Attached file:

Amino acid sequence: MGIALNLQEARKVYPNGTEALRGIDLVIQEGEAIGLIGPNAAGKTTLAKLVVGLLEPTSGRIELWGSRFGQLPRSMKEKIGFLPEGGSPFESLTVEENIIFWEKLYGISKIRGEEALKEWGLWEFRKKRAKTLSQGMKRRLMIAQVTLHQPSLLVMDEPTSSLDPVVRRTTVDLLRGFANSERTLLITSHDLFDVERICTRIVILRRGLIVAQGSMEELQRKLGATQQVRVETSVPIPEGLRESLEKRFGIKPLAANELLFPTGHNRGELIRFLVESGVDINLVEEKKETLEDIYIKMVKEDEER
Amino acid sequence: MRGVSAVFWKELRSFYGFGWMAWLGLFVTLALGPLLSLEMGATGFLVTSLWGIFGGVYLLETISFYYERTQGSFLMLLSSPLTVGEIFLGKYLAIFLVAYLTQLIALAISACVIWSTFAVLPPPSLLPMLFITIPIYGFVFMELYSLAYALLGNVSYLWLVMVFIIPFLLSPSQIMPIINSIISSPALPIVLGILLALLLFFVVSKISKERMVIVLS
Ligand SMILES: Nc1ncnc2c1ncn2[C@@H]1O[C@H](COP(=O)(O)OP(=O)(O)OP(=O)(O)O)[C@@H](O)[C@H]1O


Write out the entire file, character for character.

Amino acid sequence: MGIALNLQEARKVYPNGTEALRGIDLVIQEGEAIGLIGPNAAGKTTLAKLVVGLLEPTSGRIELWGSRFGQLPRSMKEKIGFLPEGGSPFESLTVEENIIFWEKLYGISKIRGEEALKEWGLWEFRKKRAKTLSQGMKRRLMIAQVTLHQPSLLVMDEPTSSLDPVVRRTTVDLLRGFANSERTLLITSHDLFDVERICTRIVILRRGLIVAQGSMEELQRKLGATQQVRVETSVPIPEGLRESLEKRFGIKPLAANELLFPTGHNRGELIRFLVESGVDINLVEEKKETLEDIYIKMVKEDEER
Amino acid sequence: MRGVSAVFWKELRSFYGFGWMAWLGLFVTLALGPLLSLEMGATGFLVTSLWGIFGGVYLLETISFYYERTQGSFLMLLSSPLTVGEIFLGKYLAIFLVAYLTQLIALAISACVIWSTFAVLPPPSLLPMLFITIPIYGFVFMELYSLAYALLGNVSYLWLVMVFIIPFLLSPSQIMPIINSIISSPALPIVLGILLALLLFFVVSKISKERMVIVLS
Ligand SMILES: Nc1ncnc2c1ncn2[C@@H]1O[C@H](COP(=O)(O)OP(=O)(O)OP(=O)(O)O)[C@@H](O)[C@H]1O